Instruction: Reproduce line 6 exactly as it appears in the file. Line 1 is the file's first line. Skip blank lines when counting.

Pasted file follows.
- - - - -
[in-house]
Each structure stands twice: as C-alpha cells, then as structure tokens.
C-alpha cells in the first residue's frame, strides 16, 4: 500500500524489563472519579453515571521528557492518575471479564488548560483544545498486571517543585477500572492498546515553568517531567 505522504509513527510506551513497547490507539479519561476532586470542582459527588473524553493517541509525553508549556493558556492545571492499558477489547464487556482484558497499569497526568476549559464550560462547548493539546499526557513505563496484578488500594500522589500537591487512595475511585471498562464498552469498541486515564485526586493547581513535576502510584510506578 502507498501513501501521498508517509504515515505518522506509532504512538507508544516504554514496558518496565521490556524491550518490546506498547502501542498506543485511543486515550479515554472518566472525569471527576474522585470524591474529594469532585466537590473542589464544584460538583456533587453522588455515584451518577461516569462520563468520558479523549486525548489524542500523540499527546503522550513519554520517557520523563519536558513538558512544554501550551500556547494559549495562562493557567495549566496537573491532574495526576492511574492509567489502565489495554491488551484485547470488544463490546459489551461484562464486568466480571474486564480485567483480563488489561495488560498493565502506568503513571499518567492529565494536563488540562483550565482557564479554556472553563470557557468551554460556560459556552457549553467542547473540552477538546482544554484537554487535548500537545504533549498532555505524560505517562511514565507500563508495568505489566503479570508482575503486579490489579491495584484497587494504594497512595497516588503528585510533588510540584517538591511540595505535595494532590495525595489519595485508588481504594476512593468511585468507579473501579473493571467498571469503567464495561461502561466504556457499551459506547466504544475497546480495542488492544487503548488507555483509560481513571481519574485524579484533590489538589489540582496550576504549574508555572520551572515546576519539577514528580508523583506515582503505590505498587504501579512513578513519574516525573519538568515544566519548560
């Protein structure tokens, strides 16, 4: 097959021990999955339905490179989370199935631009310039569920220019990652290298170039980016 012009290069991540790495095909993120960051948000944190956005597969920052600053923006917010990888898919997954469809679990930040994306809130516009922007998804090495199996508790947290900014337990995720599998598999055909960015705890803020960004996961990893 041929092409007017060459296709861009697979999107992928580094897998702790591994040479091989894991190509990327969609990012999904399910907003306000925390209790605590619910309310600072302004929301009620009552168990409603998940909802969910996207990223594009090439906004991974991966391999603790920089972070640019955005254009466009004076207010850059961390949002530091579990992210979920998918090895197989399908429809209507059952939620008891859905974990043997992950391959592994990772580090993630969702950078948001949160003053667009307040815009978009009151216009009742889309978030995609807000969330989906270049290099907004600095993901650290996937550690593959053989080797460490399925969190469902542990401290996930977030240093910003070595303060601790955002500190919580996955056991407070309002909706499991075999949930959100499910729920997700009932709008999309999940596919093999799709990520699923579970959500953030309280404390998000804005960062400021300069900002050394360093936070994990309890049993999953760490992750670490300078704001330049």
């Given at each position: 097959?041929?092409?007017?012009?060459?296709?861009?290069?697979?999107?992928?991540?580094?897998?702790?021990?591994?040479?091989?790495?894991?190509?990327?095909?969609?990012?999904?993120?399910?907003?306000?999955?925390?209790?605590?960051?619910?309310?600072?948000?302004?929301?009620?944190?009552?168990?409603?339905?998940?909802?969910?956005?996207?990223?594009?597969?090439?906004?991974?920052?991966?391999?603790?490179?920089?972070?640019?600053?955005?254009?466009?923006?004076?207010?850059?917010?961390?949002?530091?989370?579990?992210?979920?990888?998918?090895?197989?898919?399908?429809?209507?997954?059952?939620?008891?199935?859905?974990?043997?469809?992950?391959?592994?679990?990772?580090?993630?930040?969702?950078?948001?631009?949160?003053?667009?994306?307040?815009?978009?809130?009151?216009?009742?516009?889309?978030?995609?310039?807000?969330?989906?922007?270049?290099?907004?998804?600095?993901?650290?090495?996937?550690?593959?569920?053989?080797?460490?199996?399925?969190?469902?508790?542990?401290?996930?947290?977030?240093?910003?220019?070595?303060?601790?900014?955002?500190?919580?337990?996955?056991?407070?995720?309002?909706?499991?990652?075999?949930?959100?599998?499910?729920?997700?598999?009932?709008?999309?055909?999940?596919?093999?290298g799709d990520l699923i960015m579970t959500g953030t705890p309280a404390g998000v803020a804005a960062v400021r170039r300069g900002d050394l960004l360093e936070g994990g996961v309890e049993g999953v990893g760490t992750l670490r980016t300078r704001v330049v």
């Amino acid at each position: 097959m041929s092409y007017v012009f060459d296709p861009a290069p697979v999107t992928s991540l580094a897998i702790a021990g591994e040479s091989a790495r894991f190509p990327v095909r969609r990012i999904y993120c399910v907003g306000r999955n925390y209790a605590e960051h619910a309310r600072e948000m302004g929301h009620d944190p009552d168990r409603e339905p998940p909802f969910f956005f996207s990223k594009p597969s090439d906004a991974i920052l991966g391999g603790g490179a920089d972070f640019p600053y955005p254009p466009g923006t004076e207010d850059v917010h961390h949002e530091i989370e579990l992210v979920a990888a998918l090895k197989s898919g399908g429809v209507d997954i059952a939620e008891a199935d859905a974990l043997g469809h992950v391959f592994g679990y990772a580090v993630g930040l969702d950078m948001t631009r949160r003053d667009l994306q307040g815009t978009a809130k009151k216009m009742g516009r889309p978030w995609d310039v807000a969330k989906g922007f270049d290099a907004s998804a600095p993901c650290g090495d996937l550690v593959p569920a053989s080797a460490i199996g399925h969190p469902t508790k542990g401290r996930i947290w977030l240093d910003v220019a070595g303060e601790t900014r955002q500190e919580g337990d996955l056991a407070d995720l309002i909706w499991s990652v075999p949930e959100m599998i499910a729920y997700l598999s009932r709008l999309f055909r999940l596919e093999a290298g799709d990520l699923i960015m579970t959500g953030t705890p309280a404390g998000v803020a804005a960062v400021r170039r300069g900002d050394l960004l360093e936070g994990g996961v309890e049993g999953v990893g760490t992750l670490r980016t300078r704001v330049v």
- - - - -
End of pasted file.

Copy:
């Amino acid at each position: 097959m041929s092409y007017v012009f060459d296709p861009a290069p697979v999107t992928s991540l580094a897998i702790a021990g591994e040479s091989a790495r894991f190509p990327v095909r969609r990012i999904y993120c399910v907003g306000r999955n925390y209790a605590e960051h619910a309310r600072e948000m302004g929301h009620d944190p009552d168990r409603e339905p998940p909802f969910f956005f996207s990223k594009p597969s090439d906004a991974i920052l991966g391999g603790g490179a920089d972070f640019p600053y955005p254009p466009g923006t004076e207010d850059v917010h961390h949002e530091i989370e579990l992210v979920a990888a998918l090895k197989s898919g399908g429809v209507d997954i059952a939620e008891a199935d859905a974990l043997g469809h992950v391959f592994g679990y990772a580090v993630g930040l969702d950078m948001t631009r949160r003053d667009l994306q307040g815009t978009a809130k009151k216009m009742g516009r889309p978030w995609d310039v807000a969330k989906g922007f270049d290099a907004s998804a600095p993901c650290g090495d996937l550690v593959p569920a053989s080797a460490i199996g399925h969190p469902t508790k542990g401290r996930i947290w977030l240093d910003v220019a070595g303060e601790t900014r955002q500190e919580g337990d996955l056991a407070d995720l309002i909706w499991s990652v075999p949930e959100m599998i499910a729920y997700l598999s009932r709008l999309f055909r999940l596919e093999a290298g799709d990520l699923i960015m579970t959500g953030t705890p309280a404390g998000v803020a804005a960062v400021r170039r300069g900002d050394l960004l360093e936070g994990g996961v309890e049993g999953v990893g760490t992750l670490r980016t300078r704001v330049v």